Travelling through the North Western Cape has been like a trip down memory lane. Not that I’m suggesting the people and places are in any way ‘behind the times’ – not at all. It’s just that they have retained the history and traditions that I left behind 40 or 50 years ago.
Tuis-nywerheid (home industries) stores in every small outpost, stacked chockablock with goodies that Ouma used to make – vetkoek, koeksisters, melktert, soetkoekies, beskuit in half a dozen varieties… Not to mention the knitting, crocheted doilies and covered coat hangers!
I even have become adept at ordering my wortelkoek in Afrikaans. Peter, surprisingly, has become heeltemal tweetalig… Falling easily into a conversation in Afrikaans with the garage attendant a few days back about the stukkende wiel!
People are genuinely amazed when we progress beyond “baie dankie”, leading to all sorts of questions about us and our lives. Genuine interest from lovely people.
Our two nights in the Sophia Guesthouse in Garies did not disappoint.- though it was not without a few shocks (from the shower taps, real electric shocks!). With no electrician in town, I was vaguely tempted to “phone a friend” – I mean, I do know a couple of electrical workers- but in the end we just reported the fault, and used a hand towel to turn the taps on and off!
The place itself was like the Kingdom of knickknackery, from the front door to the bathroom and beyond, run by the generous, bustling Elizna – a refugee from Johannesburg – who has clearly found a home for her vast collection of egg cups, teapots, flower bowls and general whatnots. Despite being the “self-catering” cottage, there was a full English breakfast every morning, and on the second night she announced they were cooking “lamb kerrie” for dinner, if we would like some served in the cottage. It came complete with peaches, jelly and custard for dessert – a long time since I’ve seen jelly made with ideal milk!
And yes, I was the annoying foreign person who scoured the store shelves of Garies for butter – and no, sorry people, but margarine is NOT butter! They have spreadable margarine, baking margarine, low fat margarine… But definitely no “egte botter”!
From there it was on to Clanwilliam – over the scenic route across the Cedarberg. Another day of hindsight pronouncing that we should have hired a 4WD vehicle!
Two unexpected and special treats awaited – first our host who turned out to be an amazing quilt artist – check out http://www.enidviljoenquilts.jimdo.com – besides running a really lovely B&B. We loved the quilts so much we’re bringing one of them home with us! This is just one of many gorgeous examples, this one hanging in our bedroom called Burning Desire.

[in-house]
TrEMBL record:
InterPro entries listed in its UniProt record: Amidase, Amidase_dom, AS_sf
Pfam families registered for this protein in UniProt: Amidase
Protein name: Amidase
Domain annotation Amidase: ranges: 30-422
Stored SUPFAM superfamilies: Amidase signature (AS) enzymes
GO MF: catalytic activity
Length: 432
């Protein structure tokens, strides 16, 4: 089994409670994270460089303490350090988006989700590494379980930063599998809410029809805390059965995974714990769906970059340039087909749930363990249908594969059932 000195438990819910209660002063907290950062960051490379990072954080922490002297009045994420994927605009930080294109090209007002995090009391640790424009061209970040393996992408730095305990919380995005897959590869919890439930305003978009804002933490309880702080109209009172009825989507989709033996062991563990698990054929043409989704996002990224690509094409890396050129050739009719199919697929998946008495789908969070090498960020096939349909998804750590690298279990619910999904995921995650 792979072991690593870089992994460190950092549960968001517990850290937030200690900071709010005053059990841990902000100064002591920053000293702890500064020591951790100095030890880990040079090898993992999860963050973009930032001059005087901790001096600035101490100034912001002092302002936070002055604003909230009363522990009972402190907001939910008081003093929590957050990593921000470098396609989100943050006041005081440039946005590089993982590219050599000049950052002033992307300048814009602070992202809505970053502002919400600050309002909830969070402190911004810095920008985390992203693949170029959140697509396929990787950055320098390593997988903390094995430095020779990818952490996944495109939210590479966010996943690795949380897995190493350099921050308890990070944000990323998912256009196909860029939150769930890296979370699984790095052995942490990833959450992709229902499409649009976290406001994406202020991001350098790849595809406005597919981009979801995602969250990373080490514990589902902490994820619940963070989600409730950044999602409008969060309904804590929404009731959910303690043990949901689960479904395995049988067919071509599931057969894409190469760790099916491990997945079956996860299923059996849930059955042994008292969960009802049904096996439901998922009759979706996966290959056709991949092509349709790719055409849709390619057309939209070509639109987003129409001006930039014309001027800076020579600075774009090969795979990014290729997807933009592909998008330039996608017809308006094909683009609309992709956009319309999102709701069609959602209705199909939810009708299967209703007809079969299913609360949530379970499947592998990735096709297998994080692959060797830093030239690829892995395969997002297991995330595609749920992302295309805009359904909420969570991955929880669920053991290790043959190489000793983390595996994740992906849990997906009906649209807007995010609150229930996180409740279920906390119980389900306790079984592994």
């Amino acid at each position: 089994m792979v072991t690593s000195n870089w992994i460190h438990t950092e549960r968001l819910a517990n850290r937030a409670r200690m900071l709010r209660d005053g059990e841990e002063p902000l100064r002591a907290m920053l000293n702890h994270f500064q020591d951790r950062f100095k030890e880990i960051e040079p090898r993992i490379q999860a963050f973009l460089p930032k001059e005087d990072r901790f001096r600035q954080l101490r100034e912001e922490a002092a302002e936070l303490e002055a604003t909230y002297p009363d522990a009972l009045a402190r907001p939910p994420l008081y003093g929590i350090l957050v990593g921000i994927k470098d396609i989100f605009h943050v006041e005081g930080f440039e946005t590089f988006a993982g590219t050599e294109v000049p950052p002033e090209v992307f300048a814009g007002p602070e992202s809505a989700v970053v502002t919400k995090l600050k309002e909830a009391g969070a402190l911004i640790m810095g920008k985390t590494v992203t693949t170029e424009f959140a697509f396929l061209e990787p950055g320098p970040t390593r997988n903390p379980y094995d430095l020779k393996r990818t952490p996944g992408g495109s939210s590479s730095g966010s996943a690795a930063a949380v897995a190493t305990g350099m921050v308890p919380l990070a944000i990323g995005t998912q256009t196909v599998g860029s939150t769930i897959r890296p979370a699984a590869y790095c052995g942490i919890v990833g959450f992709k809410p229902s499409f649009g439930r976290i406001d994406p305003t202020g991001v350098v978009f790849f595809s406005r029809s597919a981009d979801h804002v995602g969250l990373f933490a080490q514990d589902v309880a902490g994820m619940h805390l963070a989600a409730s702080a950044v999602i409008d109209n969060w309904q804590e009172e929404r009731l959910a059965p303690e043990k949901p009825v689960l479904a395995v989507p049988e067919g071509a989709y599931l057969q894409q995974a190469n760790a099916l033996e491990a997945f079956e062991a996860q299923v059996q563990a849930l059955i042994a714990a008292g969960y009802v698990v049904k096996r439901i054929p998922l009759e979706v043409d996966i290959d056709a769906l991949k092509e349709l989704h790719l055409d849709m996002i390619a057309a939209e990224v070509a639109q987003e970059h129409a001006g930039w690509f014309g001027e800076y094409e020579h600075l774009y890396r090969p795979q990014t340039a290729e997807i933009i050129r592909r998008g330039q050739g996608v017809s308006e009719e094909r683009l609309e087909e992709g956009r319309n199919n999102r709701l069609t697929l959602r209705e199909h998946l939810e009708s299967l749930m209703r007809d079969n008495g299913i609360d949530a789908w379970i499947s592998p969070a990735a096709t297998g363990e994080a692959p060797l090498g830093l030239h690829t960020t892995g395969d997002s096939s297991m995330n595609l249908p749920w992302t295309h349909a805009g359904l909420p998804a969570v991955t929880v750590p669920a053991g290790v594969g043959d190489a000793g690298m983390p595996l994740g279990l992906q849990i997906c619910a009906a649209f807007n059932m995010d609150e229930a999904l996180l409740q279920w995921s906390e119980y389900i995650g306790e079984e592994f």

And second that my cousin Belinda – who I last saw when we were literally children – actually lives in (or more correctly) on a farm remotely near Clanwilliam. Thanks to the wonders of Facebook, we not only connected but arranged for what Peter and I expected would be a quick drop-in for a coffee and hello before we headed on to our next destination.
What a treat awaited us. Belinda and her lovely husband Willie made us so welcome, showed us their huge and amazing rooibos tea farm, the wild flowers, the caves, the bushman paintings…
They fed us boerewors rolls for lunch before sending us on our way with a store of newfound knowledge about life on their farm, how the tea is grown, harvested and dried, how they grow lucerne trees to feed the sheep, and use donkeys (and an Anatolian sheep dog) to protect the sheep from leopards! Genuinely another world…
But most of all, I really loved reconnecting and talking about our mutual grandparents, and family members in general (though I have to admit a small problem on my part keeping track of which “Oupa” was which!) A fantastic catchup… and not without its drama, when as we were about to leave, Peter discovered he’d dropped his cellphone somewhere out there on the farm. Willie and son Brendan sprang into action heading in different directions to search – found in the cave, where we crawled through the rocks! Many “baie dankies” to you all! It was SO lovely to catch up we may even return one day soon!
And thank you to you and to all the warm, kind Afrikaner folk we met along the way who reminded me so much of my childhood! This part of the world is truly your place, as it has been for generations, and it is wonderful to be reminded that in some places at least in this rainbow nation, there are good people just getting on with their lives in mutual harmony.